A plan sponsor may wish to offer coronavirus-related distributions (CRDs) during 2020 from a single-employer defined benefit (DB) plan as well as, or in addition to, a CRD from its defined contribution (DC) plan. Lump-sum payments from a DB plan may be treated as CRDs, similar to withdrawals from DC plan accounts.
If a plan sponsor chooses to offer CRDs from both the DB and DC plans, careful joint plan administration coordination needs to be taken as the total CRDs to an individual cannot exceed $100,000. In this Benefit Alert, Milliman’s Bret Linton, Vicki Mazzie, and Vanessa Vaag explain in more detail coronavirus distributions for DB plans under the CARES Act.
In the first general survey of defined benefit (DB) pension plan sponsor actions under the Coronavirus Aid, Relief, and Economic Security (CARES) Act, Milliman consultants report that, in 40% of their clients’ DB plans, cash contributions that would have been due on April 15, 2020, prior to the CARES Act were deferred. The due date was extended to January 1, 2021, under the CARES Act.
Milliman has written many times about the CARES Act since it was enacted on March 27. However, this is the first evidence of how employers sponsoring these plans have reacted to the new law and the strategic use of cash to finance current workforce obligations compared to long-term financial promises to plan participants during the extraordinary hardships imposed by the COVID-19 pandemic. CARES has given them some statutory relief to better assess ongoing cash commitments to these pension plans.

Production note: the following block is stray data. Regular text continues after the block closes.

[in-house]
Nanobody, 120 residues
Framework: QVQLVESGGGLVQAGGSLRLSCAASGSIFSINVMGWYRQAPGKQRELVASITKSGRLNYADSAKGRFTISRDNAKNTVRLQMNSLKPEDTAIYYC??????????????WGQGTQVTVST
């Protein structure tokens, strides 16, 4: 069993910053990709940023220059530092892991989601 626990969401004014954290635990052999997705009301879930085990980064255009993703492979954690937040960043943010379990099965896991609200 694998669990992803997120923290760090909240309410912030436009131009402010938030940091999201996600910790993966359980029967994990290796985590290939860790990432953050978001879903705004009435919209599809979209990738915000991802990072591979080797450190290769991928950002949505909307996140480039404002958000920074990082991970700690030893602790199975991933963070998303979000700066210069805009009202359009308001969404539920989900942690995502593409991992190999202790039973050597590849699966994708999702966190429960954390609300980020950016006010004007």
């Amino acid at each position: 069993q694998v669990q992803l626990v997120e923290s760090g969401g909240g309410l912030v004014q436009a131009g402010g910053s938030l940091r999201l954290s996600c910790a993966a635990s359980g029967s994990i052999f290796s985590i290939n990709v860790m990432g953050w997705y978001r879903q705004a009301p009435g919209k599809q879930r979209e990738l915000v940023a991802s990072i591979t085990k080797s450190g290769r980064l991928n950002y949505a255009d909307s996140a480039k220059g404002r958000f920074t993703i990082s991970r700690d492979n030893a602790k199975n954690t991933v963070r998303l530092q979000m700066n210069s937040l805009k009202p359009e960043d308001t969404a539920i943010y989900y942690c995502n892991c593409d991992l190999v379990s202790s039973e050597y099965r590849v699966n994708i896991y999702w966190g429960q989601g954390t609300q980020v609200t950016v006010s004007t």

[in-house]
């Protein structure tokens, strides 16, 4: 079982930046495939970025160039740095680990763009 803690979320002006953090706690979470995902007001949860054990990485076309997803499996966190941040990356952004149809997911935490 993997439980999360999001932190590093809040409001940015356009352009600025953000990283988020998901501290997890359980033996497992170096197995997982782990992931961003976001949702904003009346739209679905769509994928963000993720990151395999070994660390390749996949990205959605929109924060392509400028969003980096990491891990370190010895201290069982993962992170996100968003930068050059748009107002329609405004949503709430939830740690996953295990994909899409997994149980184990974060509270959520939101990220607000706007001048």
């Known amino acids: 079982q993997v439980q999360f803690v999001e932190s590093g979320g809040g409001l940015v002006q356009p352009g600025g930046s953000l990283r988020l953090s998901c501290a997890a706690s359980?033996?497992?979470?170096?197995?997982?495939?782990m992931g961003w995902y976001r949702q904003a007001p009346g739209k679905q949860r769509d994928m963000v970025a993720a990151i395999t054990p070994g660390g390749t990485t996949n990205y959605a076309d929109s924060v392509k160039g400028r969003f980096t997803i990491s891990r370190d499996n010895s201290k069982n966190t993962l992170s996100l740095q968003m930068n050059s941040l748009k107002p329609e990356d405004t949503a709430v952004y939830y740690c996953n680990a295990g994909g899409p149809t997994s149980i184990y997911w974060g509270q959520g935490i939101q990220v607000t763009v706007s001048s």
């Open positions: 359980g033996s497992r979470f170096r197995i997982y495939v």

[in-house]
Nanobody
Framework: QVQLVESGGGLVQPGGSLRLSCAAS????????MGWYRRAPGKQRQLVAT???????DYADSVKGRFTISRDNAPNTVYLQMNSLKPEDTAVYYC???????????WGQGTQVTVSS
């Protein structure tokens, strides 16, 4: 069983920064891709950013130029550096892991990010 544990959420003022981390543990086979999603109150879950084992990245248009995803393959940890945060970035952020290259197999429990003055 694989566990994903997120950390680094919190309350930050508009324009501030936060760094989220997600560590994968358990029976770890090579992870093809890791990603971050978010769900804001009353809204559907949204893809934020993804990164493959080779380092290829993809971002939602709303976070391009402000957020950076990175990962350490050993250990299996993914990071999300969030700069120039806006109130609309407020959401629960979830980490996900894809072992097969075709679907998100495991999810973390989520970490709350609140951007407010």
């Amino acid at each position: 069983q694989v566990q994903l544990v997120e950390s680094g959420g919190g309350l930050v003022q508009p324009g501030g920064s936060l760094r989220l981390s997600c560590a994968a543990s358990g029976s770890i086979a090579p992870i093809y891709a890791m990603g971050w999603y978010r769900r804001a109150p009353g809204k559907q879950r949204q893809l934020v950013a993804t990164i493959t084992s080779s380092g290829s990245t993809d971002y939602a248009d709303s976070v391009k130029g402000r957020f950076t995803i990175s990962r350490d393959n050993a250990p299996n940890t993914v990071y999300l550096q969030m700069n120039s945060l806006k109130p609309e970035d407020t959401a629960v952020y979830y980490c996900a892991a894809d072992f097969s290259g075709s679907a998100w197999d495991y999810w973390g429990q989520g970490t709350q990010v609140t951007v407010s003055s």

We acknowledge that some of our clients have other reasons under pension rules that did not require contributions before April 15. Such reasons could be that their plans were at least 100% funded or that prior contributions over the past years in excess of the statutory minimum amounts permitted them to use a “credit balance.”
We plan to follow up with more details as we discuss 2020 funding strategy with plan sponsors.
Essential businesses like the healthcare industry are
experiencing increased staffing needs as a result of the coronavirus pandemic.
One source of trained and experienced professionals being recruited to fill
those needs are former employees who are currently retired.
However, these professionals are less likely to come out of retirement if their monthly pension payments are suspended as required by some pension plans. In order to remove that obstacle, employers should seek to amend their plans to remove or modify this provision for those rehired during the crisis. It would make the road to reemployment smoother for these retirees.
Milliman’s Vicki Mazzie highlights several issues for plan sponsors to consider in her article “Impact of COVID-19 on your pension plan: Rehiring retirees in healthcare and other essential businesses.”
One defined benefit (DB) plan sponsor decided to change how the plan calculated participant benefits from a final average pay formula to a cash balance formula. The change produced two groups of employees with significantly different levels of retirement benefits. Milliman was able to help the sponsor improve the amount of benefits provided to employees as well as give them the ability to receive income in retirement on a flexible basis for employees individual needs. Milliman actuary Vicki Mazzie provides some perspective in this article.